So, where businesses may be lacking in timely responsiveness, they are getting the job done at the end of the day. This is a positive situation to be in, as the question is not, how can we solve our consumers’ problems, it’s how can we improve their experience with our service? Luckily, data from the survey also provides key insights into how you can address consumers’ biggest concerns.

Three Data-Driven Tips to Address Customer Concerns

1.Consumers are picking up the phone because it works

52% of customers say the phone is the most reliable channel for solving a customer service issue.

Call centers are still necessary and in high demand because a majority of consumers trust that a phone call will help them to arrive at a solution. Talking with a real human is preferred, and understandably so. Voice conversation is efficient, and there is less room for misinterpretation or error than in alternate forms of communication.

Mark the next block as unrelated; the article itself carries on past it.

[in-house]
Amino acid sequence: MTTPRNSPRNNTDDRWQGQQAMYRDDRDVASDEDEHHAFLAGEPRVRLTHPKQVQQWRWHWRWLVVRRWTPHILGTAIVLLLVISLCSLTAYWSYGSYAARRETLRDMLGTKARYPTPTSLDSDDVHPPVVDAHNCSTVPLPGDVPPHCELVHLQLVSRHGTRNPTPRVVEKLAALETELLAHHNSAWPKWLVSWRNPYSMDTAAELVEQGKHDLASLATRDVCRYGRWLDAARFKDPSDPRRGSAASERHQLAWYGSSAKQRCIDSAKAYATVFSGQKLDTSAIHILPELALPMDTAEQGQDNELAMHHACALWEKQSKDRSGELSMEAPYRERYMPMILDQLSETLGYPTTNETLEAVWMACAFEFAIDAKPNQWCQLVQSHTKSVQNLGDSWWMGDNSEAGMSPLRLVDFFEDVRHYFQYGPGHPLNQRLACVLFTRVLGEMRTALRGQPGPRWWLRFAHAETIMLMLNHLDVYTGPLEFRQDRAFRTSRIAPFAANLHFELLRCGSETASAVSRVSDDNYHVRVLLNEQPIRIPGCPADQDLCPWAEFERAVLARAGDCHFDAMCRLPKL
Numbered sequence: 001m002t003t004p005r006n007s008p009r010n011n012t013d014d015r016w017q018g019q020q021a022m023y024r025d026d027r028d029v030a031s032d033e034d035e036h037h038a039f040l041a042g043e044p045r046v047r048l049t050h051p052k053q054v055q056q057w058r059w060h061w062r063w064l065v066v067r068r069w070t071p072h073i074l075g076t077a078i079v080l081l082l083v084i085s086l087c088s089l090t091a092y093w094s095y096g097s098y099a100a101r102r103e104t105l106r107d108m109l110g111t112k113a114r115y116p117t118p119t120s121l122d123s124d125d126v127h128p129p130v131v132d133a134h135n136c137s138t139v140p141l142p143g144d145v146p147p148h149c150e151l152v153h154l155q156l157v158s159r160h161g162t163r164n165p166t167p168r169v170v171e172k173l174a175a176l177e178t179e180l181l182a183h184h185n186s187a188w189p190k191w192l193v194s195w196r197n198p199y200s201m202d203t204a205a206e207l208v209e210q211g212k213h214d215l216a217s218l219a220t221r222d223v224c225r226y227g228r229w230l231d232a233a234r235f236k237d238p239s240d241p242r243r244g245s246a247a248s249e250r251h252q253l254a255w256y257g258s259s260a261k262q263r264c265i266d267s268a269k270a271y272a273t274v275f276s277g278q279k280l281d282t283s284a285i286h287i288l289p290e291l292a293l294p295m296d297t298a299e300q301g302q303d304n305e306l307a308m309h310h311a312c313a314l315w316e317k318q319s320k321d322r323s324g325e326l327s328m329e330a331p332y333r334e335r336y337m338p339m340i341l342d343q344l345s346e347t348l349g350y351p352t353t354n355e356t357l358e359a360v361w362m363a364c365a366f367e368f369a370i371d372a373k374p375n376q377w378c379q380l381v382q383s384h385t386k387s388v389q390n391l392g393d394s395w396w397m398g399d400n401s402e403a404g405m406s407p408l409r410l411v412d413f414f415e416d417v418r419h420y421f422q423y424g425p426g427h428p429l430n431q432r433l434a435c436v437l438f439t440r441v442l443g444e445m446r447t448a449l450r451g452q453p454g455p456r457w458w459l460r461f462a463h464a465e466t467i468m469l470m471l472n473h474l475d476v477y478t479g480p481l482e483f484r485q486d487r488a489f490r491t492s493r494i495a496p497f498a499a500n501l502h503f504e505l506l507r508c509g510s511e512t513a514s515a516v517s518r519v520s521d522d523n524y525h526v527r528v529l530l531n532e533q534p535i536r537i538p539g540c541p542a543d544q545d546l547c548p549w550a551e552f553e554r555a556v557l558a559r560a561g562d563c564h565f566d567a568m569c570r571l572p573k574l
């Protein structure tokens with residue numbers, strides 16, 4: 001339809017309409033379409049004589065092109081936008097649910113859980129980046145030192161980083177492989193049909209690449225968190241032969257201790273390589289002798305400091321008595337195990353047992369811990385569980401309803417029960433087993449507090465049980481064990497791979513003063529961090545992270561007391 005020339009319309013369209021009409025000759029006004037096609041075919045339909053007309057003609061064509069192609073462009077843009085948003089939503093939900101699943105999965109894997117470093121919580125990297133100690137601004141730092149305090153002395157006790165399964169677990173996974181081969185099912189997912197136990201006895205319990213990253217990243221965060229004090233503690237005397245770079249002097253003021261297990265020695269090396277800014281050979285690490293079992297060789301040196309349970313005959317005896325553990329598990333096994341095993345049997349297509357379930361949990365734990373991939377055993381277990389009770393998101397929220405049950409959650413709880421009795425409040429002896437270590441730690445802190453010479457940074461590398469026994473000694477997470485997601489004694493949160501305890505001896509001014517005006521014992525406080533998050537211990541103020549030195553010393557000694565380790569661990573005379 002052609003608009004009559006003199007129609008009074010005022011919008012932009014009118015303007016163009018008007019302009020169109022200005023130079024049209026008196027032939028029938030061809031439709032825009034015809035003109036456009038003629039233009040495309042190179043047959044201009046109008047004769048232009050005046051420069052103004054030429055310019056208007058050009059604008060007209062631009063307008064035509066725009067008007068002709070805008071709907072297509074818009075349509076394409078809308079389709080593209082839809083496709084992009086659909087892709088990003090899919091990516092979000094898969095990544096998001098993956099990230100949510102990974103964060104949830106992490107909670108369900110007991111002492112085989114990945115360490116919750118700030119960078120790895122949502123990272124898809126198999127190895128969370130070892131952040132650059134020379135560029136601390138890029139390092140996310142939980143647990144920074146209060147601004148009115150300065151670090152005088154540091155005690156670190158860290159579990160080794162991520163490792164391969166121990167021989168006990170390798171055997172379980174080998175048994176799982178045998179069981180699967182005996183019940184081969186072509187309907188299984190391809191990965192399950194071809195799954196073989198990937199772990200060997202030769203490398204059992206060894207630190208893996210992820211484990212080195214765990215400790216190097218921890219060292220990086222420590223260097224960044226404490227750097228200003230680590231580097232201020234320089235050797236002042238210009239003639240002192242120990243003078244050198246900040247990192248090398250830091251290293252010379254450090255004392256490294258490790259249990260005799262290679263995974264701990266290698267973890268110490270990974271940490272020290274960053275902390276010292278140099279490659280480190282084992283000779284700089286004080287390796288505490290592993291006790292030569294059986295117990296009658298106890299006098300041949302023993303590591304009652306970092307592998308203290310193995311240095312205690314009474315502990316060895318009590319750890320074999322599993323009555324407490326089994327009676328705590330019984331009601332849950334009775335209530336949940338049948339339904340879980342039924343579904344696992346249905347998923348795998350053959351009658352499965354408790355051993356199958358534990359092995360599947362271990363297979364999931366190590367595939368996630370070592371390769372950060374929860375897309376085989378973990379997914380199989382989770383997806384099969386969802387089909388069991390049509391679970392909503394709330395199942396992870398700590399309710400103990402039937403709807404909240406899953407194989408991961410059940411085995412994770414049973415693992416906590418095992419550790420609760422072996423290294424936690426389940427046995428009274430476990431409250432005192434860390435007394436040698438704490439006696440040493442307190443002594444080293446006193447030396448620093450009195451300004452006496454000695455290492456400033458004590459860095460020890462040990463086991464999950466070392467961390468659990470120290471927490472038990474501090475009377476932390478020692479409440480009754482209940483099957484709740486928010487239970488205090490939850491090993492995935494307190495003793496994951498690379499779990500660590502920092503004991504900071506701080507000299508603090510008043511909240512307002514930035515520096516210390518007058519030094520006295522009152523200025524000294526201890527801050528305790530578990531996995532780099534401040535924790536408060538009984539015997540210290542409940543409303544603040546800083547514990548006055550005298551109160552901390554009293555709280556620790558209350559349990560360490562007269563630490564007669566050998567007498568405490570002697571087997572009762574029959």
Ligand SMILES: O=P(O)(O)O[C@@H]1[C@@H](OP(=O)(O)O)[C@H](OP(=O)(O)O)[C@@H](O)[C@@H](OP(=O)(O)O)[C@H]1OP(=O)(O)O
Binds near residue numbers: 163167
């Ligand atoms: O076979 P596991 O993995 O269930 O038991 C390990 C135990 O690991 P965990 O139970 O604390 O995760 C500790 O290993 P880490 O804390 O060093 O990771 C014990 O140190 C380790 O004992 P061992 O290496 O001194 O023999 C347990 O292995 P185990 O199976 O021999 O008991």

2.Proactive technologies are an intelligent investment

31% of consumers want more automatic call-backs and 28% want more real-time order updates.

Both businesses and consumers agree on the benefits of proactive customer service methods. 56% of businesses are invested in automatic call-backs and 72% of businesses are invested in real-time order updates. So, while you may not be able to provide 24-hour service, you can let your consumers know when you will be in touch, or when they can expect service. Consumers simply want to know when their concerns will be addressed, perhaps that way they can plan for timing in their day.

3.Chatbots have potential, but consumers aren’t on board yet

Only 6% of consumers want more companies to offer chatbots and 49% don’t want to be served by a chatbot at all.